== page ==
“We hope that the EU can acknowledge fully the negative influence on bilateral trade relations when it imposes limits on Chinese textile products.”

The protests by students and young people in China, and similar protests in South Korea, against Japan’s resurgent militarism, are causing growing apprehension among world political leaders, businessmen and now, it seems, the Chinese regime itself.

A brutal police attack on an anti-pollution protest at an industrial park on the outskirts of Dongyang city, Zhejiang province, triggered huge clashes between thousands of protesters and 3,000 riot police.

Angry anti-Japan protests erupted in several Chinese cities at the weekend, with a crowd of 6,000 mostly students and youth marching on the Japanese Embassy in Beijing, while 3,000 demonstrated outside Japan’s consulate in the southern city of Guangzhou.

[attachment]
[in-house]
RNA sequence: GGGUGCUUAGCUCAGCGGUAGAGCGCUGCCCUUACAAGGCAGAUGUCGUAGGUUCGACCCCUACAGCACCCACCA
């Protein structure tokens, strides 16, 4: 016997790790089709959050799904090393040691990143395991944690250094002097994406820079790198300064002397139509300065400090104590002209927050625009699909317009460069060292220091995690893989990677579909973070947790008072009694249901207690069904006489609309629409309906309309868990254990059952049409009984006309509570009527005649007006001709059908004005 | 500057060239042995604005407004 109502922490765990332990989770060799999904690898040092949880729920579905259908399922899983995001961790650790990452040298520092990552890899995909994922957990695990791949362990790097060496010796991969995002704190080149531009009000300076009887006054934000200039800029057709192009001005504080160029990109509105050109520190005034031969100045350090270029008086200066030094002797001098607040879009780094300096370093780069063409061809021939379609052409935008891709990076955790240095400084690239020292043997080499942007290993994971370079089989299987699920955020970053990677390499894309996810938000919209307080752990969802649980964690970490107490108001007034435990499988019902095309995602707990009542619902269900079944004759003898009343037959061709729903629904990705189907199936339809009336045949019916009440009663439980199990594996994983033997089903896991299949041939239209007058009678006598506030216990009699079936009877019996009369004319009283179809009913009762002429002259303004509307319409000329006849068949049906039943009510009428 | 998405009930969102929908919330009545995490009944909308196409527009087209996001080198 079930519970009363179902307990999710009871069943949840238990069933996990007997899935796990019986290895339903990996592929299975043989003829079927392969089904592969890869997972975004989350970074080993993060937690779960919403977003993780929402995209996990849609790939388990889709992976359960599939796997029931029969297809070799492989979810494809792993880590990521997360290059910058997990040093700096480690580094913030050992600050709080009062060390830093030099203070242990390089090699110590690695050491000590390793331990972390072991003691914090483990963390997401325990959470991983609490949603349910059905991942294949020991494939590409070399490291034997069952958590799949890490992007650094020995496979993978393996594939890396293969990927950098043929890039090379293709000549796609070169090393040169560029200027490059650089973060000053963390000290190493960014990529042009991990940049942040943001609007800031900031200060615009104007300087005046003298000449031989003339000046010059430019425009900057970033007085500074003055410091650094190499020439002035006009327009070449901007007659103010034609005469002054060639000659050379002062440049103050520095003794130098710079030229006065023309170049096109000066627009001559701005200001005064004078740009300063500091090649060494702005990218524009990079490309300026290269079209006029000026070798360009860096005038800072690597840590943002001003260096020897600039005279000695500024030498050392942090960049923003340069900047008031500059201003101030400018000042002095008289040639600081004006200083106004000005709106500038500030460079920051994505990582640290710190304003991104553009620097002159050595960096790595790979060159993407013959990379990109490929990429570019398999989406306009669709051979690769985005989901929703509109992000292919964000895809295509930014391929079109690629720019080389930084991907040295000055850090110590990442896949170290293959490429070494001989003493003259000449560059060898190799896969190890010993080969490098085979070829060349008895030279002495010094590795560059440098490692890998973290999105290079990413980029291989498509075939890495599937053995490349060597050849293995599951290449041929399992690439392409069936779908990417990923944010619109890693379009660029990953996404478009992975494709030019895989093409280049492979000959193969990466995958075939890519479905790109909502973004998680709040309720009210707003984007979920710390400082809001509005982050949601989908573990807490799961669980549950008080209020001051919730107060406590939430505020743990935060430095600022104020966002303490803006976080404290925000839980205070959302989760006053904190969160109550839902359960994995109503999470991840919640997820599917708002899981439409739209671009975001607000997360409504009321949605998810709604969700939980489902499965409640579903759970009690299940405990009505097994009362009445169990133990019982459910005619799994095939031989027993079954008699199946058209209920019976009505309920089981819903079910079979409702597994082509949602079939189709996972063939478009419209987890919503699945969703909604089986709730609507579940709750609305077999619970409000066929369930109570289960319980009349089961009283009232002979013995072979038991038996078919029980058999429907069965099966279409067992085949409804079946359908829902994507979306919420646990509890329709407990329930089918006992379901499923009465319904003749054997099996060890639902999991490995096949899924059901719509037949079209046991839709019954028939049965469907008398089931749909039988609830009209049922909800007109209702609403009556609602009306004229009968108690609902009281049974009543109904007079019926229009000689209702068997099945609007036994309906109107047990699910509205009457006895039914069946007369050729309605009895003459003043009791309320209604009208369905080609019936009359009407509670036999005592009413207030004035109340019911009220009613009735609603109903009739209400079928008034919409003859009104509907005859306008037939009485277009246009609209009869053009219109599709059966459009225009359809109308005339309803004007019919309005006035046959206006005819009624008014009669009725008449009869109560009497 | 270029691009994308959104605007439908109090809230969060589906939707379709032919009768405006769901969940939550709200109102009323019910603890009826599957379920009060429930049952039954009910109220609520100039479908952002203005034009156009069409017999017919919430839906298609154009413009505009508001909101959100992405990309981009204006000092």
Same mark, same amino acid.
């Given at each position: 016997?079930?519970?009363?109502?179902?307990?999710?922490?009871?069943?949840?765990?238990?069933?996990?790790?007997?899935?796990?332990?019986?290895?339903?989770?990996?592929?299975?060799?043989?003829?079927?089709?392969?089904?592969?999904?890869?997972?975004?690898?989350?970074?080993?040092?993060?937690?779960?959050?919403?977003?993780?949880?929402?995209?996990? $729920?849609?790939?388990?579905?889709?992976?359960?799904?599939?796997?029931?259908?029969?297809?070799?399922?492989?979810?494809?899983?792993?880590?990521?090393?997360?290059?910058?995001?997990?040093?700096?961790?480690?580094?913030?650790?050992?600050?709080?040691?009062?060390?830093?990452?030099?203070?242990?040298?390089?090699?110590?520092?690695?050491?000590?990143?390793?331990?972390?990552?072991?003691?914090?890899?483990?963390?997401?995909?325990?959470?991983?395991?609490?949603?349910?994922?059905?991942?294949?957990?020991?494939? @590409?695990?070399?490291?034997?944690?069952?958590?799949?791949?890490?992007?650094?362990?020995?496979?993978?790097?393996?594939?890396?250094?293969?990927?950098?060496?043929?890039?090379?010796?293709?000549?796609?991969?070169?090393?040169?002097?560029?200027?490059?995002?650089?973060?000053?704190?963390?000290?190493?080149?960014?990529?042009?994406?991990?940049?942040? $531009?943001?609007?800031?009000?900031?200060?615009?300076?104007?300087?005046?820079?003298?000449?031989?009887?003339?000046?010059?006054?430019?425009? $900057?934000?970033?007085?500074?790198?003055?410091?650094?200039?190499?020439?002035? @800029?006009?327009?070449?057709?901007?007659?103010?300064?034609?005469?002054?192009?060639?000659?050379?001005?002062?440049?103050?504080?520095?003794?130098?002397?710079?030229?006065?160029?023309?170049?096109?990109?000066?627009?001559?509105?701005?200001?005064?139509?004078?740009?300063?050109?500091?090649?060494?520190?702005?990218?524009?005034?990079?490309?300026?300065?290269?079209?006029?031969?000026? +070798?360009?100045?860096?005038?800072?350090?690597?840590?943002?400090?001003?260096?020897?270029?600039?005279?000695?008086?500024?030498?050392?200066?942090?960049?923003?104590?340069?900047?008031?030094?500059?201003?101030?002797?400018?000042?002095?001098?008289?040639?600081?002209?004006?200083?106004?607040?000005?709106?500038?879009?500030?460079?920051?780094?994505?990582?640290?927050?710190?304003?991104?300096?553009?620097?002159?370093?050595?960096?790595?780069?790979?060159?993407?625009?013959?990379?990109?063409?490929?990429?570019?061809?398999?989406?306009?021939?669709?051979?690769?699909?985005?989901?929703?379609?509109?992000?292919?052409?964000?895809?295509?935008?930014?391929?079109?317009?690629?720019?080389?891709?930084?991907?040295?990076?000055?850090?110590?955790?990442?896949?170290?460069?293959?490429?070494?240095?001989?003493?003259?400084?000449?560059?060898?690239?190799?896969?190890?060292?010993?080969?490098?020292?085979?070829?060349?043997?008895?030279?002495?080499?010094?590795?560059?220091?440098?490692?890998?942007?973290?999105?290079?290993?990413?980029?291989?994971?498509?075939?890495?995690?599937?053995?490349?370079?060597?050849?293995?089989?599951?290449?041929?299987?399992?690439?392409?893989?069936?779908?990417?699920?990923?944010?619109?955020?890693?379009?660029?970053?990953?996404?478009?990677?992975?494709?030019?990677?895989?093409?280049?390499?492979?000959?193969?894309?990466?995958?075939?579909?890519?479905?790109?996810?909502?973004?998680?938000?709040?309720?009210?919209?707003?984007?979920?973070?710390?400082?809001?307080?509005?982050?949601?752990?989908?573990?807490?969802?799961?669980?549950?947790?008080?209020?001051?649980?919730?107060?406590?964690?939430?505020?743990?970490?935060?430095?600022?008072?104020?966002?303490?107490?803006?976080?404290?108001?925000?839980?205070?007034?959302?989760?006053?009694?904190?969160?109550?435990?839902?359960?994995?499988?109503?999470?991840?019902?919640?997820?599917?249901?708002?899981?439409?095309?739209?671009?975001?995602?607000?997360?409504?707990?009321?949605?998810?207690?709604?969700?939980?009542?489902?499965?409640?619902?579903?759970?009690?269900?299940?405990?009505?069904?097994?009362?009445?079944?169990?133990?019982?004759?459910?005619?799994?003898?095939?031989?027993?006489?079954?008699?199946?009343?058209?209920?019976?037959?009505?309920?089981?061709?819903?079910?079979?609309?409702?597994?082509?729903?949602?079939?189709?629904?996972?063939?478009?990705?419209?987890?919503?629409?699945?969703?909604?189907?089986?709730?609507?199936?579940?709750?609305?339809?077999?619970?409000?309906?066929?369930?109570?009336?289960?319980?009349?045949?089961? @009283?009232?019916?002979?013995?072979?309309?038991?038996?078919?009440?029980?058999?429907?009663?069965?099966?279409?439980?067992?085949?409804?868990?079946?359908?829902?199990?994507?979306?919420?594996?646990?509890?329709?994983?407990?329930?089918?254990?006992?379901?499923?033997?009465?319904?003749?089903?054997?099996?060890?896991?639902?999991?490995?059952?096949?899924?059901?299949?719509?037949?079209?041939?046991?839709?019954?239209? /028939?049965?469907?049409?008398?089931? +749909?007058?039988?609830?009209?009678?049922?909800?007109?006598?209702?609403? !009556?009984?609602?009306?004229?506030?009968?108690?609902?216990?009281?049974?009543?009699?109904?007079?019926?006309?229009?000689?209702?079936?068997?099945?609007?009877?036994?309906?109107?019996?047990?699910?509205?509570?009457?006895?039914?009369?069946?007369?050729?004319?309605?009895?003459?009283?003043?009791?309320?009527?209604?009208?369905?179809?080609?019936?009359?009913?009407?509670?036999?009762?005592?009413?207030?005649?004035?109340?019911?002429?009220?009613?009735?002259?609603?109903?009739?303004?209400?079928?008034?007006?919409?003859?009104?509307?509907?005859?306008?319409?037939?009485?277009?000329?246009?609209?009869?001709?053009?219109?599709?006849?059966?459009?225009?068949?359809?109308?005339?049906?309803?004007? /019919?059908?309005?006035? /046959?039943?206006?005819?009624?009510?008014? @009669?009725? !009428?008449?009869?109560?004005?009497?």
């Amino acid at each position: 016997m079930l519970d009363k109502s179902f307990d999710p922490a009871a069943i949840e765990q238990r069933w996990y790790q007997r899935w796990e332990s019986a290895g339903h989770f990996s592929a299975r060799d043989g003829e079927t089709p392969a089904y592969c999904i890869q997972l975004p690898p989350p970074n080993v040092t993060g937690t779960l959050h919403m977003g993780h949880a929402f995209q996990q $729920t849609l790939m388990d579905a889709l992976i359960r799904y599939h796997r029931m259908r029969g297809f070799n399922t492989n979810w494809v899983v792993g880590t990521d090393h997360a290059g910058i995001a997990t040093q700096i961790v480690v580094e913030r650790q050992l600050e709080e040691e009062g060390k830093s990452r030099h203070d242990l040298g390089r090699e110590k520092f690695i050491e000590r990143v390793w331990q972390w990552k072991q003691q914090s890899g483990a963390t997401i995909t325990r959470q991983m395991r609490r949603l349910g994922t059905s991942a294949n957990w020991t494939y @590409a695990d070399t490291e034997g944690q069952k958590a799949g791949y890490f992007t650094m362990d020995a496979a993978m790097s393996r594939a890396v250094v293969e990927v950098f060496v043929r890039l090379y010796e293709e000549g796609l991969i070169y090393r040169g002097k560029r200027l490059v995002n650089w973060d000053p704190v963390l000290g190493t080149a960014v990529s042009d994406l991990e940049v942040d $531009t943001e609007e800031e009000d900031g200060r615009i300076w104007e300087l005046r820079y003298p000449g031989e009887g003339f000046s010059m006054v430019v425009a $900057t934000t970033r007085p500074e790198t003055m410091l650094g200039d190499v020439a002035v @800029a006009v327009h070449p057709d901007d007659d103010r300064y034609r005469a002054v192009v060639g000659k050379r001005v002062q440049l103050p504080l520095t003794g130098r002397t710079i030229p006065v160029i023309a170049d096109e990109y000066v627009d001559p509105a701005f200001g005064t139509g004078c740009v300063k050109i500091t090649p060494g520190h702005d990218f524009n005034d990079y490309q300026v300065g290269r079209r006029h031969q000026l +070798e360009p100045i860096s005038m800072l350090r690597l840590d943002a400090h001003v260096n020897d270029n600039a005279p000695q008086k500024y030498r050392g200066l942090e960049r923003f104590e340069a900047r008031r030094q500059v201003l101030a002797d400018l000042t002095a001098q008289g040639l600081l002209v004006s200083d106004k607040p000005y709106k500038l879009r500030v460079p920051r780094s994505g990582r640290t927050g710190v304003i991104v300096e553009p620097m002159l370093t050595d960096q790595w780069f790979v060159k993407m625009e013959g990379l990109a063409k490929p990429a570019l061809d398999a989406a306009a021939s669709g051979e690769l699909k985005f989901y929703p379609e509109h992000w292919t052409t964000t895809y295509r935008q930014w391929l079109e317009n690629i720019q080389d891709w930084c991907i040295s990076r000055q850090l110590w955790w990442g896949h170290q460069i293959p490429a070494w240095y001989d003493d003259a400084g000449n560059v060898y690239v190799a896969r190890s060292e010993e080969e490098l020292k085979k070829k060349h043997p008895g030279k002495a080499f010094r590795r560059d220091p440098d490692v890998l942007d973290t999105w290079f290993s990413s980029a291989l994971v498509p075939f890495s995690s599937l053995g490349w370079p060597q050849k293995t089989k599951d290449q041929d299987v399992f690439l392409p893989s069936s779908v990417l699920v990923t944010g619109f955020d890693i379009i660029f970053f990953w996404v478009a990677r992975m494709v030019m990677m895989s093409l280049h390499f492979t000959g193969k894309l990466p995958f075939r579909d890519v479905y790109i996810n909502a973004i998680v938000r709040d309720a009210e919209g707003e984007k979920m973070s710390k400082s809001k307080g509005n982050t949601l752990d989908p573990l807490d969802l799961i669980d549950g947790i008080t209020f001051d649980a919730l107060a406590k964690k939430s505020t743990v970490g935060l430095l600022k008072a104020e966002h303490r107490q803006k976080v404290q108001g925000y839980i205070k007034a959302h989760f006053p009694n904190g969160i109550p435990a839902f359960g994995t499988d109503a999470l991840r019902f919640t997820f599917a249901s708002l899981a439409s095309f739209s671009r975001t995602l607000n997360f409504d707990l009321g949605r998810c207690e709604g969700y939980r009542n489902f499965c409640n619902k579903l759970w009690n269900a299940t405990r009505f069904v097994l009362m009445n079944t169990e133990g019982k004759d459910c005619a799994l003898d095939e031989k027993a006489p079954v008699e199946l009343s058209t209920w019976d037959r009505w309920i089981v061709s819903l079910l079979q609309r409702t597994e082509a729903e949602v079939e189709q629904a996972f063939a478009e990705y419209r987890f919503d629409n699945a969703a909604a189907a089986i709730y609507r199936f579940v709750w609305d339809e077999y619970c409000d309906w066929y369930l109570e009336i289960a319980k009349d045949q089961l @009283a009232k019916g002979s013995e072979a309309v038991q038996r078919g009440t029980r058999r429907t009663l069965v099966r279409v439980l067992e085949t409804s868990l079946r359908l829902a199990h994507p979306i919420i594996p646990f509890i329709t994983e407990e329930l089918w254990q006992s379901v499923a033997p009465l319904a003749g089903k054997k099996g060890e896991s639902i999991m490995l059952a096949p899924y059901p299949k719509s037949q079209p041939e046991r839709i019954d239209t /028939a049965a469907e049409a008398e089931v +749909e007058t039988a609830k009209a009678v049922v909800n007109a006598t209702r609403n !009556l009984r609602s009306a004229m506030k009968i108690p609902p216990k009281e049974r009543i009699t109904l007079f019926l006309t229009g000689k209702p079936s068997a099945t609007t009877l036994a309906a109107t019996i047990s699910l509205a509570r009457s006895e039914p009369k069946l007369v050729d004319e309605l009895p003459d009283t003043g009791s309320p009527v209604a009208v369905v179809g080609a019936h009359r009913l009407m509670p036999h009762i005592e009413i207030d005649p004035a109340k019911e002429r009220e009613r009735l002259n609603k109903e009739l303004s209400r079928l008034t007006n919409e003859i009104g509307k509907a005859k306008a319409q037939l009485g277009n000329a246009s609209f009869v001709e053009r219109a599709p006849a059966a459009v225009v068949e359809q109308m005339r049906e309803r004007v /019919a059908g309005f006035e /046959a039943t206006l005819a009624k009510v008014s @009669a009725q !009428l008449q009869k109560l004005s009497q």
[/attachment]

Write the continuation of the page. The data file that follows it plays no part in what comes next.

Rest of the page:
Even before the recent clashes between China and Japan, China was at the centre of the world’s attention.

Applause interrupted the final session of China’s National People’s Congress on 14 March as it agreed on the new anti-secession law directed at Taiwan. This was the climax of the NPC meeting, a rubber-stamp body of 3,000 functionaries in the ”communist” party apparatus. On this note, the ten-day...

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